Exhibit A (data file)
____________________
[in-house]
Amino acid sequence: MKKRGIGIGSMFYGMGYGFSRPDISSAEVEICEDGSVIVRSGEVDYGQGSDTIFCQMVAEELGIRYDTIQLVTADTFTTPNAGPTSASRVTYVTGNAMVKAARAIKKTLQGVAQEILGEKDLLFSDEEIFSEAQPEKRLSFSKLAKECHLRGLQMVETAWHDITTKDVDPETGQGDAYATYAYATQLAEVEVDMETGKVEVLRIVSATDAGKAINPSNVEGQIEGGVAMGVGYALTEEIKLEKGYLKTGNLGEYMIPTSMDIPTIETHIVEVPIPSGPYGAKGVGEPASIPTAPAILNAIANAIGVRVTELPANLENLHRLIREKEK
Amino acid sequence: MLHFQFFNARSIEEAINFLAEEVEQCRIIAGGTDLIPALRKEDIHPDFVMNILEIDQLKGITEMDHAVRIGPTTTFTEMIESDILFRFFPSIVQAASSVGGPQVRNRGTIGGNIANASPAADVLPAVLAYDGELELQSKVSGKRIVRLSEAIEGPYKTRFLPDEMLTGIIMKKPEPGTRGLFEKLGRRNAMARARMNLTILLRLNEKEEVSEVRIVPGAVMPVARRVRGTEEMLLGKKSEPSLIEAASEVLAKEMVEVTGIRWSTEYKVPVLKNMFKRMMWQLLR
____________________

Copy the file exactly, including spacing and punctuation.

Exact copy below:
[in-house]
Amino acid sequence: MKKRGIGIGSMFYGMGYGFSRPDISSAEVEICEDGSVIVRSGEVDYGQGSDTIFCQMVAEELGIRYDTIQLVTADTFTTPNAGPTSASRVTYVTGNAMVKAARAIKKTLQGVAQEILGEKDLLFSDEEIFSEAQPEKRLSFSKLAKECHLRGLQMVETAWHDITTKDVDPETGQGDAYATYAYATQLAEVEVDMETGKVEVLRIVSATDAGKAINPSNVEGQIEGGVAMGVGYALTEEIKLEKGYLKTGNLGEYMIPTSMDIPTIETHIVEVPIPSGPYGAKGVGEPASIPTAPAILNAIANAIGVRVTELPANLENLHRLIREKEK
Amino acid sequence: MLHFQFFNARSIEEAINFLAEEVEQCRIIAGGTDLIPALRKEDIHPDFVMNILEIDQLKGITEMDHAVRIGPTTTFTEMIESDILFRFFPSIVQAASSVGGPQVRNRGTIGGNIANASPAADVLPAVLAYDGELELQSKVSGKRIVRLSEAIEGPYKTRFLPDEMLTGIIMKKPEPGTRGLFEKLGRRNAMARARMNLTILLRLNEKEEVSEVRIVPGAVMPVARRVRGTEEMLLGKKSEPSLIEAASEVLAKEMVEVTGIRWSTEYKVPVLKNMFKRMMWQLLR